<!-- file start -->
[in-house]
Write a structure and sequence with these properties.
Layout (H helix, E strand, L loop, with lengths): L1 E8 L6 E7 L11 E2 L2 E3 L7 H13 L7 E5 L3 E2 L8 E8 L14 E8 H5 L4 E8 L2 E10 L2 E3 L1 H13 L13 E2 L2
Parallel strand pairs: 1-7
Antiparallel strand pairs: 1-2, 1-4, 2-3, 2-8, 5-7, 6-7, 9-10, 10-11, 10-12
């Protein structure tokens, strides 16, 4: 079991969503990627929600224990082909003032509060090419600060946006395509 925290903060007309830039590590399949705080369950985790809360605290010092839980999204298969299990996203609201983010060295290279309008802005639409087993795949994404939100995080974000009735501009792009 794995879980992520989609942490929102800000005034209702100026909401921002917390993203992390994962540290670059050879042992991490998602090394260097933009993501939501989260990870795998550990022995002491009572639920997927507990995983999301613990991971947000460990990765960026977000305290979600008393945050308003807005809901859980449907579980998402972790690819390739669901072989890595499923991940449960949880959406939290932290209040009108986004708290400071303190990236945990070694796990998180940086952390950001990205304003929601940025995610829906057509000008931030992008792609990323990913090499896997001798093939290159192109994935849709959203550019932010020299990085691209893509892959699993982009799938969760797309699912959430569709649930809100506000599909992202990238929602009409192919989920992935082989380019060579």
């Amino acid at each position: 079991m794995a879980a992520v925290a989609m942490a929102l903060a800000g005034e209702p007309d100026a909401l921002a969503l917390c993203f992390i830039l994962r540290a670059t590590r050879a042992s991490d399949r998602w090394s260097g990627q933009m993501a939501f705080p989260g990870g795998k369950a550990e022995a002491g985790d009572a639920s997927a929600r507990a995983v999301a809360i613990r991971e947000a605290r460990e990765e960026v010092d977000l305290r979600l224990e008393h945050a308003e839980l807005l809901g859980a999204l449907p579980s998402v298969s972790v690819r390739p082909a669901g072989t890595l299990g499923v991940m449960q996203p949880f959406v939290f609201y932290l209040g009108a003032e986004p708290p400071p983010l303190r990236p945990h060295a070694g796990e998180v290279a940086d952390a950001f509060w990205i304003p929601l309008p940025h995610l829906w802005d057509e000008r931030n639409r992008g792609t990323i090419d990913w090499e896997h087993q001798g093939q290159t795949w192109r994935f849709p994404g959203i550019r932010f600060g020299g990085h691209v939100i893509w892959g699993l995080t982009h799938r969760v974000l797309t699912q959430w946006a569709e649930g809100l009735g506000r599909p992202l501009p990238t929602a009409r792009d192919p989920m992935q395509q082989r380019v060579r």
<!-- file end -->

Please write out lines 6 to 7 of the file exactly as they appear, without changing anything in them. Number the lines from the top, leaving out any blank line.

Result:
């Protein structure tokens, strides 16, 4: 079991969503990627929600224990082909003032509060090419600060946006395509 925290903060007309830039590590399949705080369950985790809360605290010092839980999204298969299990996203609201983010060295290279309008802005639409087993795949994404939100995080974000009735501009792009 794995879980992520989609942490929102800000005034209702100026909401921002917390993203992390994962540290670059050879042992991490998602090394260097933009993501939501989260990870795998550990022995002491009572639920997927507990995983999301613990991971947000460990990765960026977000305290979600008393945050308003807005809901859980449907579980998402972790690819390739669901072989890595499923991940449960949880959406939290932290209040009108986004708290400071303190990236945990070694796990998180940086952390950001990205304003929601940025995610829906057509000008931030992008792609990323990913090499896997001798093939290159192109994935849709959203550019932010020299990085691209893509892959699993982009799938969760797309699912959430569709649930809100506000599909992202990238929602009409192919989920992935082989380019060579």
């Amino acid at each position: 079991m794995a879980a992520v925290a989609m942490a929102l903060a800000g005034e209702p007309d100026a909401l921002a969503l917390c993203f992390i830039l994962r540290a670059t590590r050879a042992s991490d399949r998602w090394s260097g990627q933009m993501a939501f705080p989260g990870g795998k369950a550990e022995a002491g985790d009572a639920s997927a929600r507990a995983v999301a809360i613990r991971e947000a605290r460990e990765e960026v010092d977000l305290r979600l224990e008393h945050a308003e839980l807005l809901g859980a999204l449907p579980s998402v298969s972790v690819r390739p082909a669901g072989t890595l299990g499923v991940m449960q996203p949880f959406v939290f609201y932290l209040g009108a003032e986004p708290p400071p983010l303190r990236p945990h060295a070694g796990e998180v290279a940086d952390a950001f509060w990205i304003p929601l309008p940025h995610l829906w802005d057509e000008r931030n639409r992008g792609t990323i090419d990913w090499e896997h087993q001798g093939q290159t795949w192109r994935f849709p994404g959203i550019r932010f600060g020299g990085h691209v939100i893509w892959g699993l995080t982009h799938r969760v974000l797309t699912q959430w946006a569709e649930g809100l009735g506000r599909p992202l501009p990238t929602a009409r792009d192919p989920m992935q395509q082989r380019v060579r």